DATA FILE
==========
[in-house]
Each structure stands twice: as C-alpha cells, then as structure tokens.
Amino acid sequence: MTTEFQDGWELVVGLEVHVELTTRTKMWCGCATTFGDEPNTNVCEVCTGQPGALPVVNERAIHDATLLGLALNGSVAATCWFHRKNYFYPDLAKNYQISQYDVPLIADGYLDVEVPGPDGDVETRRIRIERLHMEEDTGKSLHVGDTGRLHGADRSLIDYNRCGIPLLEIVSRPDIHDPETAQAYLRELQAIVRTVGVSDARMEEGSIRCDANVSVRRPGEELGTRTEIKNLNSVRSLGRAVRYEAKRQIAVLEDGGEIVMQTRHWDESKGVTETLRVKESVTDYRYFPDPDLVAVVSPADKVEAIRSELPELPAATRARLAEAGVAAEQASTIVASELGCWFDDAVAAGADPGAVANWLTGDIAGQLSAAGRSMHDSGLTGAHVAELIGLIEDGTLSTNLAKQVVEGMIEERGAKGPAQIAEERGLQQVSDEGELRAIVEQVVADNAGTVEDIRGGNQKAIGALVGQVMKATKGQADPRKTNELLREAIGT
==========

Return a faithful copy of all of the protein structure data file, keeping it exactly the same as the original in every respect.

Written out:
[in-house]
Each structure stands twice: as C-alpha cells, then as structure tokens.
Amino acid sequence: MTTEFQDGWELVVGLEVHVELTTRTKMWCGCATTFGDEPNTNVCEVCTGQPGALPVVNERAIHDATLLGLALNGSVAATCWFHRKNYFYPDLAKNYQISQYDVPLIADGYLDVEVPGPDGDVETRRIRIERLHMEEDTGKSLHVGDTGRLHGADRSLIDYNRCGIPLLEIVSRPDIHDPETAQAYLRELQAIVRTVGVSDARMEEGSIRCDANVSVRRPGEELGTRTEIKNLNSVRSLGRAVRYEAKRQIAVLEDGGEIVMQTRHWDESKGVTETLRVKESVTDYRYFPDPDLVAVVSPADKVEAIRSELPELPAATRARLAEAGVAAEQASTIVASELGCWFDDAVAAGADPGAVANWLTGDIAGQLSAAGRSMHDSGLTGAHVAELIGLIEDGTLSTNLAKQVVEGMIEERGAKGPAQIAEERGLQQVSDEGELRAIVEQVVADNAGTVEDIRGGNQKAIGALVGQVMKATKGQADPRKTNELLREAIGT